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  • Gastric cancer remains the third most common cause of cancer-related death worldwide.

  • Two different pathogeneses of gastric cancer have been proposed, correlating to two histologic types: intestinal and diffuse.

  • Gastrectomy is the recommended treatment in relatively early localized gastric cancer (T1b); however, in more advanced gastric cancers (T2N0, T1aN+, or T1b-T3N+), adjunctive therapy in addition to gastrectomy is recommended.

  • The results of INT-0116 study (adjuvant chemoradiation) and Medical Research Council ST02/MAGIC and the FLOT study (perioperative chemotherapy) have shaped the current practice of resectable gastric cancer treatment in Western countries.

  • In Asia, postoperative chemotherapy has been considered standard after gastrectomy with D2 dissection. In addition to the ACTS-GC trial and CLASSIC trial (S-1 for 1 year and CAPOX for 6 months, respectively), two new regimens (DS and SOX for 6 months) are established standards of care for stage II and/r LN-positive gastric cancer.

  • Only 30% to 40% of patients with esophageal cancer have potentially resectable disease at presentation, and in many series, only 5% to 20% of those undergoing surgery alone for clinically localized disease are alive at 3 to 5 years.

  • Endoscopic therapy is most effective when used to treat small (<2 cm diameter), solitary, flat lesions that are confined to mucosa (T1a).

  • Surgery remains the best chance for durable survival for patients with locally advanced esophageal and gastroesophageal junction (GEJ) cancers.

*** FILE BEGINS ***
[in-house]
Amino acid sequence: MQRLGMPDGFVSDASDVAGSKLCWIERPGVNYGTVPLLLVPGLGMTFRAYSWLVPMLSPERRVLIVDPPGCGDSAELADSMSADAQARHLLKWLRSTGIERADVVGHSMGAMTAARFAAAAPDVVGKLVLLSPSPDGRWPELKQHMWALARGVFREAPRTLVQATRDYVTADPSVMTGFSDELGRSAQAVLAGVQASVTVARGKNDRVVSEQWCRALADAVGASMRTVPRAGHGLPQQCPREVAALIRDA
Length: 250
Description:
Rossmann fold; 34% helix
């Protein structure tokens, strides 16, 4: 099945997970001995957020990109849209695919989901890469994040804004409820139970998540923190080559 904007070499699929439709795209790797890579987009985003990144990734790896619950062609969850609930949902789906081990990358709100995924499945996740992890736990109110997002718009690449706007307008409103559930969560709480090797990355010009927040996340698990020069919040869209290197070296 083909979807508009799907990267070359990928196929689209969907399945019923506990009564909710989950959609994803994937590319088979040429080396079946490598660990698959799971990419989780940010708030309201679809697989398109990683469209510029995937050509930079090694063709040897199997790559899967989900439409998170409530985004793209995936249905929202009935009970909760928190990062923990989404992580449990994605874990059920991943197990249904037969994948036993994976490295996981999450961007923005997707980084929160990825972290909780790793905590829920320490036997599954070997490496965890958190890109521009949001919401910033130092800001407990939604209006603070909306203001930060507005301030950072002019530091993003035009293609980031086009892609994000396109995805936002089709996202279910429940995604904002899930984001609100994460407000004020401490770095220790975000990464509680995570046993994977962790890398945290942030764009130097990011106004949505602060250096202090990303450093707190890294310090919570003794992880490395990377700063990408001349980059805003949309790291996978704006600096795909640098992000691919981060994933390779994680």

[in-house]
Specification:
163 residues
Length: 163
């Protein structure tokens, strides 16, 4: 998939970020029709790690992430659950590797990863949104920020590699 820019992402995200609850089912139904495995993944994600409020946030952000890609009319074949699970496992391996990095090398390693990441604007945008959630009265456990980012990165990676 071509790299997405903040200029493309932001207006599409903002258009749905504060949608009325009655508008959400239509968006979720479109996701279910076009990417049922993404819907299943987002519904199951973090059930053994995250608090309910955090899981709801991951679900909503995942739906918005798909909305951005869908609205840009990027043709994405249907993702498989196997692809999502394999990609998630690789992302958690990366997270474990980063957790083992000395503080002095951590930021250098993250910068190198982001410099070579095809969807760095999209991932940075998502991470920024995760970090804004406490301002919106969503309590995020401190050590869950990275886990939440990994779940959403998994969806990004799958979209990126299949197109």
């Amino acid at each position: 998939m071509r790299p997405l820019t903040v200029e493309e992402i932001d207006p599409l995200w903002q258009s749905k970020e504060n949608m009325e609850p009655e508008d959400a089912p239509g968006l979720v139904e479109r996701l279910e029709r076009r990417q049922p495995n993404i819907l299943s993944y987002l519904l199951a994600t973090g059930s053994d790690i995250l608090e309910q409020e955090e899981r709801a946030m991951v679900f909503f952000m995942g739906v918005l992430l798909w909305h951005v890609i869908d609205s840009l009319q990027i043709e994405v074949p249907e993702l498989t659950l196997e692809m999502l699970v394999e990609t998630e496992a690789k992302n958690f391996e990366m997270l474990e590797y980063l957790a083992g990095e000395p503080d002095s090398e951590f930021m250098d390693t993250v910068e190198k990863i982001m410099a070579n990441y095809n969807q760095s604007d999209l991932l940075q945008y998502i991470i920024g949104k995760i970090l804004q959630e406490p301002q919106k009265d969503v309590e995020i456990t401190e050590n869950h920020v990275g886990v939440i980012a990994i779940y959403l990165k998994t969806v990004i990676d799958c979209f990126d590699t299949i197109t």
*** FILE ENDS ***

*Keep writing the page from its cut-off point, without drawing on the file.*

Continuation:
• Results of the CROSS trial also emphasized the beneficial role of chemoradiotherapy before surgery, which led to a significant increase in overall survival (OS) irrespective of tumor histology.

  • More than 60% of patients who present with newly diagnosed gastric, GEJ, and esophageal cancers will have advanced unresectable or metastatic disease. Although a cure is not possible, systemic therapy can prolong survival compared with best supportive care.

  • As of this writing, patients in the United States are likely to undergo frontline therapy with platinum-, fluoropyrimidine-, or taxane-based chemotherapy regimens, with the addition of trastuzumab in patients with HER2-positive disease.

  • Based on positive results from the RAINBOW trial, paclitaxel and ramucirumab (vascular endothelial growth factor receptor–2 targeted drug) is considered to be a standard for second-line treatment. Ramucirumab monotherapy is also considered a second-line option in advanced gastric cancer.

  • Pembrolizumab is currently approved for the treatment of metastatic squamous cell carcinoma (SCC) of the esophagus as second-line treatment for tumors with combined positive score (CPS) more than 10 and programmed cell death protein 1 (PD-L1)–positive advanced gastric cancer as third-line treatment in the US. Nivolumab is also approved in the US for metastatic SCC of the esophagus regardless of PD-L1 expression, and in Japan, South Korea, and Taiwan for the treatment of gastric cancer.

  • The Cancer Genome Atlas analysis has uncovered four genotypes of gastric cancer; however, it is not sufficient to change our treatment strategies, and additional work is needed.

  • A multimodality approach to therapy will be the cornerstone to screening, diagnosing, staging, treating, and supporting patients with upper gastrointestinal cancers.


Epidemiologic ...

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